Dear Dr. Don,
I am told that a refinance with cash out comes with a higher interest rate than a refinance with no cash out. Is this true?
— Rick Refi
A cash-out refinancing typically does carry a slightly higher interest rate than a straight refinancing. That’s because the lender takes on more risk with a cash-out refinancing, for no other reason than it is more money. I can’t quantify it for you, but a lender should be able to tell you the difference when you shop for a loan.
It’s also a different risk profile for the lender if the loan goes over 80 percent loan-to-value. The lender wants you to have an equity stake in the home. If there’s low equity, or no equity, remaining in the home after a cash-out refinancing, you will likely get a higher rate and you may have to pay private mortgage insurance.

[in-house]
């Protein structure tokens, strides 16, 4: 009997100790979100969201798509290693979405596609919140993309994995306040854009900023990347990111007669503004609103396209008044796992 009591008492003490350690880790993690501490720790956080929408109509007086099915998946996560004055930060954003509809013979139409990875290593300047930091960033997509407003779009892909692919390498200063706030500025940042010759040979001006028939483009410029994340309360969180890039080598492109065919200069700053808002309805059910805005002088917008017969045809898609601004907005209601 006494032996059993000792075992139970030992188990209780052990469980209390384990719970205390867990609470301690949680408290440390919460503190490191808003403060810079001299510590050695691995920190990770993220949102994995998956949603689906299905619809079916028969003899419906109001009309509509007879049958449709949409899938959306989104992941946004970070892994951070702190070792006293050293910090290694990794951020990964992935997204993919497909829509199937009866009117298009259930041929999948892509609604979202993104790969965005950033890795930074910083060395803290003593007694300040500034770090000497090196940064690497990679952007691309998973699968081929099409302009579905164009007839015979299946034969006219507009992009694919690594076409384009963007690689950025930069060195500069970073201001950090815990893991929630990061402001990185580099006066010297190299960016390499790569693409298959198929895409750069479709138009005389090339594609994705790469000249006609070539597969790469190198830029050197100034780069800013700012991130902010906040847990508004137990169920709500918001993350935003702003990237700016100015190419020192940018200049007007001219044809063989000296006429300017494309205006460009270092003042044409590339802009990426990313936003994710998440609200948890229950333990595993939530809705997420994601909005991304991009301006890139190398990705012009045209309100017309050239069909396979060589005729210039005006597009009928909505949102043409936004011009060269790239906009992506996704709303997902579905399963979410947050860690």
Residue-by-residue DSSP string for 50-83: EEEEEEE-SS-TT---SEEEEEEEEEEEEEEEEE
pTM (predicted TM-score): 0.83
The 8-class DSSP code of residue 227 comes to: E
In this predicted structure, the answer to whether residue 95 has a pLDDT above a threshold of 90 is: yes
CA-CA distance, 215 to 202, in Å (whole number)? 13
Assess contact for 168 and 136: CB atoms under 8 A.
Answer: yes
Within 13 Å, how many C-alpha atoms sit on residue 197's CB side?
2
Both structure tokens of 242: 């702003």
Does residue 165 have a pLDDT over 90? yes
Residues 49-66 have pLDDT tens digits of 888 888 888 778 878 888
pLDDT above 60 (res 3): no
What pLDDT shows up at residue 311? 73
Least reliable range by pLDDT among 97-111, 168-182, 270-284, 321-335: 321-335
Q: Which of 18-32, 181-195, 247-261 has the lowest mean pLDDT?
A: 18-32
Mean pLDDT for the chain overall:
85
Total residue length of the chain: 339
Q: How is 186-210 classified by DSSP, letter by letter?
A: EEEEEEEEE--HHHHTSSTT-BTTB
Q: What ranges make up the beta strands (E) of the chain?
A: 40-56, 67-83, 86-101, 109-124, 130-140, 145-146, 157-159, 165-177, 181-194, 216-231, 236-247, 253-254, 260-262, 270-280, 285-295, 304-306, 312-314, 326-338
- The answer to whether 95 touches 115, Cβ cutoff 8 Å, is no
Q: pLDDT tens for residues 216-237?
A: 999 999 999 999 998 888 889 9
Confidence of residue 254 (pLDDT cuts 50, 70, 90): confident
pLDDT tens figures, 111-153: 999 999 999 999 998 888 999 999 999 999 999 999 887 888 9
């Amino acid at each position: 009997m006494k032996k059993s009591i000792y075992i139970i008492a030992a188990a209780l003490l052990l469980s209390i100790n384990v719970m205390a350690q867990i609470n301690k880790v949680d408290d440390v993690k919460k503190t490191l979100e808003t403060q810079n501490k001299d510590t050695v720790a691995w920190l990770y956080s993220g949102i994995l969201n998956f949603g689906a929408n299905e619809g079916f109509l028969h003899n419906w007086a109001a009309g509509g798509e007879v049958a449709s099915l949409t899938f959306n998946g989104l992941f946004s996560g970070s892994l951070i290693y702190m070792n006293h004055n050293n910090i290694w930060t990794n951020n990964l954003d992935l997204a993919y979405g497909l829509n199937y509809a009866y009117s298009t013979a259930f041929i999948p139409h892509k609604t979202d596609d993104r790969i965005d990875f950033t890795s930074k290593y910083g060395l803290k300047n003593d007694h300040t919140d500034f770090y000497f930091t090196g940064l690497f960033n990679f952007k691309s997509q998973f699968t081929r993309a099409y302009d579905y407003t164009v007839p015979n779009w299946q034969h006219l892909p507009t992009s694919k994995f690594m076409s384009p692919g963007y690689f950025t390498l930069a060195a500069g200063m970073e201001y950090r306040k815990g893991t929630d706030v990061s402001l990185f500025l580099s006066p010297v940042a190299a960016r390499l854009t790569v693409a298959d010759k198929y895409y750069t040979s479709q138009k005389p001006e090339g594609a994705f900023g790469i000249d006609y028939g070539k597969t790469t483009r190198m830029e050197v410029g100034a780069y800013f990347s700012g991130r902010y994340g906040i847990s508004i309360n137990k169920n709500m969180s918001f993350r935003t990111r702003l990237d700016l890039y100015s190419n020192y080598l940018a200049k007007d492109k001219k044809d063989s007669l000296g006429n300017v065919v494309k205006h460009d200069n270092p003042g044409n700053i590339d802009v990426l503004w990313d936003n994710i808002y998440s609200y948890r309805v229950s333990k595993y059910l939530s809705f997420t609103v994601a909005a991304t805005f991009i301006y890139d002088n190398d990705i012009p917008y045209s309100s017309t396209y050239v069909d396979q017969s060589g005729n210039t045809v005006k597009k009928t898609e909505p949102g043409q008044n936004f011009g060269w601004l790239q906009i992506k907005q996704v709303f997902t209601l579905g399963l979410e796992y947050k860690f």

Freddie Mac defines a cash-out refinance as one where the new mortgage is more than 105 percent of the old mortgage balance. In the third quarter of 2008, fully 78 percent of Freddie Mac mortgages were cash-out refinances.
As a homeowner, you have to make the decision whether you’re willing to pay a higher interest rate for the privilege of taking out the additional cash. For many homeowners, the interest differential is not enough to stop them from tapping their home’s equity.